Education and skills

  • Ensure all students have functional literacy, numeracy and digital skills.
  • Focus on the outcomes we want to achieve in schools, not just the quantum of funding.
  • Be more learner-centred and acknowledge children display different types of intelligence that should be nurtured, not just academic intelligence.
  • Embrace multiple methods of learning by adopting new teaching methods like inquiry-based learning, particularly in areas students find difficult such as maths.
  • Give school principals greater autonomy to make decisions on staffing and resources within a school.
  • Empower and support teachers through better data, defining what we mean by ‘teacher quality’ and establishing a national index for teaching quality.
  • Adopt a different approach to career counselling so students are guided to careers that suit them.
  • Improve students ‘work readiness’.
  • Download our guide to being work ready here.
  • Read Jennifer Westacott's Future-proof National Press club speech here and the Future-proof report here 

Move to a post-secondary education and skills system with five core components:

  • Maintaining the unique character of each sector– Vocational education and training as an industry-led sector based around competency-based training and applied learning, and Higher Education in providing advanced qualifications, learning for the sake of learning, academic inquiry, and world-class research.
  • Better market information so learners know what jobs are available, what they might earn, what courses are available and how much it will cost them.
  • Putting the learner in charge by giving every Australian a capped lifelong skills account that can be used to pay for courses at approved providers.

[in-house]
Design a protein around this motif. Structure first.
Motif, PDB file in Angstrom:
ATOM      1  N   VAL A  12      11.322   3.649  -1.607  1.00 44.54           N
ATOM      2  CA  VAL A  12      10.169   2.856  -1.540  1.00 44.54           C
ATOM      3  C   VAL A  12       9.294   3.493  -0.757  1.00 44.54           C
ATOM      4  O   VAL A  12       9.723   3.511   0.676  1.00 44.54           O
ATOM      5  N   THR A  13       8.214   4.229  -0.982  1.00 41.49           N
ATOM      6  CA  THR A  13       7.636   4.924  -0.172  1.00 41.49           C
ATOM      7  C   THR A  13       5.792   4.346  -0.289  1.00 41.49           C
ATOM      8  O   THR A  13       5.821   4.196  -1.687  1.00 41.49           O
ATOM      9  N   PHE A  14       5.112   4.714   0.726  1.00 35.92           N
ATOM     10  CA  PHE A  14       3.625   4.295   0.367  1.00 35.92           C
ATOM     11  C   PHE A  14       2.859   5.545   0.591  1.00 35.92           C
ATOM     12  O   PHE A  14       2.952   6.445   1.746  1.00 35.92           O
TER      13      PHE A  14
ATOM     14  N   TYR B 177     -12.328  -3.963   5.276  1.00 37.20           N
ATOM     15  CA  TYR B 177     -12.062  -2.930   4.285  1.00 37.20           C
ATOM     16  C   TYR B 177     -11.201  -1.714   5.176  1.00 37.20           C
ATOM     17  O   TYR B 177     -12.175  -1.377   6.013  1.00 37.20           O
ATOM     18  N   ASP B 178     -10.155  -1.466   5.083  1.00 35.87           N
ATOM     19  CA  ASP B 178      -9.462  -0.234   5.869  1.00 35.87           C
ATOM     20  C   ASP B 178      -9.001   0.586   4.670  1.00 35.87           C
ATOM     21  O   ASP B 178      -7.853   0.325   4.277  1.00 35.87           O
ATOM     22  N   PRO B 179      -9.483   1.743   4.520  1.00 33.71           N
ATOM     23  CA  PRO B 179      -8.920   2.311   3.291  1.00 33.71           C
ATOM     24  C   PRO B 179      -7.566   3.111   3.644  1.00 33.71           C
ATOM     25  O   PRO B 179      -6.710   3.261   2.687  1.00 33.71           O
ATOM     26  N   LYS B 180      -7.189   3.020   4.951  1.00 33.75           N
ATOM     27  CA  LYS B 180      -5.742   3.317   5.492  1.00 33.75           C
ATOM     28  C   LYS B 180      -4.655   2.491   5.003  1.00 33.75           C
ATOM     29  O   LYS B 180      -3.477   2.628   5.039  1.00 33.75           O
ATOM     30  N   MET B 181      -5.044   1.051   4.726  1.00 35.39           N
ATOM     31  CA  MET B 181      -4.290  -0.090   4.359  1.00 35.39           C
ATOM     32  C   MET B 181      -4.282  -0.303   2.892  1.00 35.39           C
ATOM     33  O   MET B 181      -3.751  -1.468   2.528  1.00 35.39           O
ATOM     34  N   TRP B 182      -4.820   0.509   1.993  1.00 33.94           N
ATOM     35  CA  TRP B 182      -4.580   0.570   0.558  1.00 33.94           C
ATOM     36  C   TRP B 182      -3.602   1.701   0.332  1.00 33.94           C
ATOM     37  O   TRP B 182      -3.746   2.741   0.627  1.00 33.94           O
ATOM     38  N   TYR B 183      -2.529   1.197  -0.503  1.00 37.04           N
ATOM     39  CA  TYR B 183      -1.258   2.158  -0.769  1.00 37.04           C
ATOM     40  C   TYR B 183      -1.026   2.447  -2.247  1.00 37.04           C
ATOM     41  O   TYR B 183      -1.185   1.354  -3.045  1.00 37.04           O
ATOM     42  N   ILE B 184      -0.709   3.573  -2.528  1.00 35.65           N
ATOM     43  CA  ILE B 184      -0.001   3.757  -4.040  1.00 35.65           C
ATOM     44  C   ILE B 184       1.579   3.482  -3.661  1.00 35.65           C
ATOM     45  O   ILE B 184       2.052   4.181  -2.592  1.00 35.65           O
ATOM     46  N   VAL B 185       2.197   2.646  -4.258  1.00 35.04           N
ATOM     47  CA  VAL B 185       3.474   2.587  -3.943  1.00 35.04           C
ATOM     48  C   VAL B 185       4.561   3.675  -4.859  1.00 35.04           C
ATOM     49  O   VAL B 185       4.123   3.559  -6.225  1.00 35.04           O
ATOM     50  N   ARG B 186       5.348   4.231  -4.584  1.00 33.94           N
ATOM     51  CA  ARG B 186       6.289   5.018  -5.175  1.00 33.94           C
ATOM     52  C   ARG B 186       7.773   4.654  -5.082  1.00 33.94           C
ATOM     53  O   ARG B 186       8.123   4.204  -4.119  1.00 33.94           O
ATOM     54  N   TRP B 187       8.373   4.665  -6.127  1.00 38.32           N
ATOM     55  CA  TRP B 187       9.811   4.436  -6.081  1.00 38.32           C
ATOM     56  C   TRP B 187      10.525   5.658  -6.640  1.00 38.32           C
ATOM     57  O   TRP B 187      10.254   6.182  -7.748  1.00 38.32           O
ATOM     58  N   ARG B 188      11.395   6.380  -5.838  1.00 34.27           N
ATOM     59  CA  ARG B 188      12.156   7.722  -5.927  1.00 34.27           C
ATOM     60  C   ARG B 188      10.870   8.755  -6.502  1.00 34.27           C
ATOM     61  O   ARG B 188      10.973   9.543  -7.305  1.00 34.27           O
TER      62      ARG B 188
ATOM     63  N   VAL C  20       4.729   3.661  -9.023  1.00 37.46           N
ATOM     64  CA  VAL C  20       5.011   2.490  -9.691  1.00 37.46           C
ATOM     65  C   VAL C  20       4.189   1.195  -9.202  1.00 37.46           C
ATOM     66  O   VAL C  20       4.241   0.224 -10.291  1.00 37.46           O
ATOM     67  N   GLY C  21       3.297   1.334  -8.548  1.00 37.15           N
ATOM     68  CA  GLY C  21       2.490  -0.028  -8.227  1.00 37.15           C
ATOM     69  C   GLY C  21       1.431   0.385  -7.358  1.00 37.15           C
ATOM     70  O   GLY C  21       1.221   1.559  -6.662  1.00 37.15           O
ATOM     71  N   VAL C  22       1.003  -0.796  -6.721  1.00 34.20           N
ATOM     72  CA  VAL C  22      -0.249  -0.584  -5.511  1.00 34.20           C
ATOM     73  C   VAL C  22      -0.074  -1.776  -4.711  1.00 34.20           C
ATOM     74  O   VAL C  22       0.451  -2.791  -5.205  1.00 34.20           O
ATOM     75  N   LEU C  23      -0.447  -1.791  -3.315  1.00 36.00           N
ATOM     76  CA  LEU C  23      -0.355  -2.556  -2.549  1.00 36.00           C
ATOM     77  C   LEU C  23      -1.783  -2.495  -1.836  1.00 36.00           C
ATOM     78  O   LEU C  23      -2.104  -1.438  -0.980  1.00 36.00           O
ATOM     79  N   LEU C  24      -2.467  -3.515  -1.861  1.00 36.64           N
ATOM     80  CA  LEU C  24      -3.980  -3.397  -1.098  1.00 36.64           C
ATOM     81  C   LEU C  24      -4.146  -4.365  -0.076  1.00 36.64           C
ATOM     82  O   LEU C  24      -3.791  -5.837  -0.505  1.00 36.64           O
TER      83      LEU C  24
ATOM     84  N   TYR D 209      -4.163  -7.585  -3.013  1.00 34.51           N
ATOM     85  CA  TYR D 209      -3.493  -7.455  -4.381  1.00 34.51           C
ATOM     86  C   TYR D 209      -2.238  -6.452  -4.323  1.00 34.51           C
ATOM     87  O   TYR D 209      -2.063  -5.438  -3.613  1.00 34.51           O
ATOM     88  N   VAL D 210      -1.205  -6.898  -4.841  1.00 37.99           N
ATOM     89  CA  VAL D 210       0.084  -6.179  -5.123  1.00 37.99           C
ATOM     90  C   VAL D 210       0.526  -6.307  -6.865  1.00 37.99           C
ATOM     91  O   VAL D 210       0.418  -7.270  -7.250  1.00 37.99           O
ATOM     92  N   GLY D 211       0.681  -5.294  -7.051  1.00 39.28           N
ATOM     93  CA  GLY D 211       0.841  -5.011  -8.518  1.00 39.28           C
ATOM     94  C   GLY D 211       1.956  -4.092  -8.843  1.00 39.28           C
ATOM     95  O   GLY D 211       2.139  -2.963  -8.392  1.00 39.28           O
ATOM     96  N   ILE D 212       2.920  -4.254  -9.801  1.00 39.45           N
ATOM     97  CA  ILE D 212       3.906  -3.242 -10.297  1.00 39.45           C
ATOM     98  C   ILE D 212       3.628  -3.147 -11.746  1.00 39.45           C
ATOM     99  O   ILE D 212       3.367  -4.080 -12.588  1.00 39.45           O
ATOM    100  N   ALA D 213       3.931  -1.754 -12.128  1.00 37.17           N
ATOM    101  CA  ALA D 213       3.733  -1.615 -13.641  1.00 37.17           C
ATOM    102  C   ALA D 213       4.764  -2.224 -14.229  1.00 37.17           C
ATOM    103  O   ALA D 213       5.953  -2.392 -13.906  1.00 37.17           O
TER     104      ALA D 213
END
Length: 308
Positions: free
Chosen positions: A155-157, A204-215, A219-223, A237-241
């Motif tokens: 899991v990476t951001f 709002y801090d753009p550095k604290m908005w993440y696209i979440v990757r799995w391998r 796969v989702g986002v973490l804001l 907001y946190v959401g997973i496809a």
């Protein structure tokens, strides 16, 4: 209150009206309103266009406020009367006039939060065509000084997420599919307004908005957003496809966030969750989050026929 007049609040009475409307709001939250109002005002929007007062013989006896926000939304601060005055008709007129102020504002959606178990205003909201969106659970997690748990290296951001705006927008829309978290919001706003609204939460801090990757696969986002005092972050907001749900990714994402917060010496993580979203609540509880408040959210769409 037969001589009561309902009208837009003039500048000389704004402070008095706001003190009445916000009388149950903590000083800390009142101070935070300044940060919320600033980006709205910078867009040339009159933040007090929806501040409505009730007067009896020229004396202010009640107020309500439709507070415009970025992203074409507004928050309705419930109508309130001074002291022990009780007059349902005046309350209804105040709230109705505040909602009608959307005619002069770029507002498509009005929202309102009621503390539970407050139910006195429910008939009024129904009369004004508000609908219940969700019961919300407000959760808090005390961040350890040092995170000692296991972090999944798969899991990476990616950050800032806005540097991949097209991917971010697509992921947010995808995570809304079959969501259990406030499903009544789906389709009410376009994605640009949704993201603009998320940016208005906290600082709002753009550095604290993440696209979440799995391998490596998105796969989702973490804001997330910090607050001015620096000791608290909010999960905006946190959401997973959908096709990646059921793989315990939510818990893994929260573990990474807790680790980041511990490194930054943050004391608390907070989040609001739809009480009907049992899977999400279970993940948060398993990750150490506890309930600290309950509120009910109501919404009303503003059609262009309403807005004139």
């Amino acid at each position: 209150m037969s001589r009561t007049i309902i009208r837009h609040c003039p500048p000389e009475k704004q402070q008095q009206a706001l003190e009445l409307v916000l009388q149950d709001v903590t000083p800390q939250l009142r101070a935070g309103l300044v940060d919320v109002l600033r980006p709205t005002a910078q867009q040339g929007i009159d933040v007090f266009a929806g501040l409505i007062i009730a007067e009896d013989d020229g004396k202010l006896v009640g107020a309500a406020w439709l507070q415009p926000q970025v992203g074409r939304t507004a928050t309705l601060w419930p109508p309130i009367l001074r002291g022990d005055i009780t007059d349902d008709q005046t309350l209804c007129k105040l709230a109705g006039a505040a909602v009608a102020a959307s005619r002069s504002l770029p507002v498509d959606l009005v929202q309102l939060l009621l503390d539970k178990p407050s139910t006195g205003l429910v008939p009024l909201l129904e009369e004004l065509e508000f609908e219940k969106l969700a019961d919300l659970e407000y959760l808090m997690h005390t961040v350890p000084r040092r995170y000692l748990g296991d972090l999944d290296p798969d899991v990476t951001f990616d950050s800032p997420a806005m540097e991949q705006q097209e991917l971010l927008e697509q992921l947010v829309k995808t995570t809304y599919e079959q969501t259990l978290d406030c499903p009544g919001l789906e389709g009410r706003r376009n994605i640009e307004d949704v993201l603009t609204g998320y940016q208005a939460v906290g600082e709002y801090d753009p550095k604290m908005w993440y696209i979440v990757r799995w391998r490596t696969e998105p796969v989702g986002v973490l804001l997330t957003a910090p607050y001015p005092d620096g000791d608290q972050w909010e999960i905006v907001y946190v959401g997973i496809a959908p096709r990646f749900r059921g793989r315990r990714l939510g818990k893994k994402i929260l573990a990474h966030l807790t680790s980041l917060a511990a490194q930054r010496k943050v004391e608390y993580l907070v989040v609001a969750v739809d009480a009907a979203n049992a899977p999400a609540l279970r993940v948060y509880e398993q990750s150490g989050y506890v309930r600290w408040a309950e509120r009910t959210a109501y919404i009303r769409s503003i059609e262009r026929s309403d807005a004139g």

• A culture of lifelong learning that encourages people to use qualifications to build a strong foundation, and then dip in and out of short, accredited modules to effectively create their own ‘credentials’ that allow them to upskill and retrain throughout their lives.
  • A shared governance model clarifying the roles and responsibilities of each level of government and industry.
  • Support TAFE as a central part of the vocational education and training system but hand TAFE greater autonomy to allow the sector to innovate.

Download report: Australia’s future post-secondary education and skills system

  • Reform is needed to build a modern apprenticeship system that can serve as a pathway to work for the traditional and emerging industries. Structural reform is needed to:
  • create a genuine national system that is easy for students and employers to use.
  • increase the number of Australians starting an apprenticeship and moving into work.
  • remove duplication between governments and better align their programs, services, and funding. 
  • Define the expectations and needs of employers around workforce numeracy, literacy and workplace skills.
  • Hold a national inquiry into literacy and foundation studies.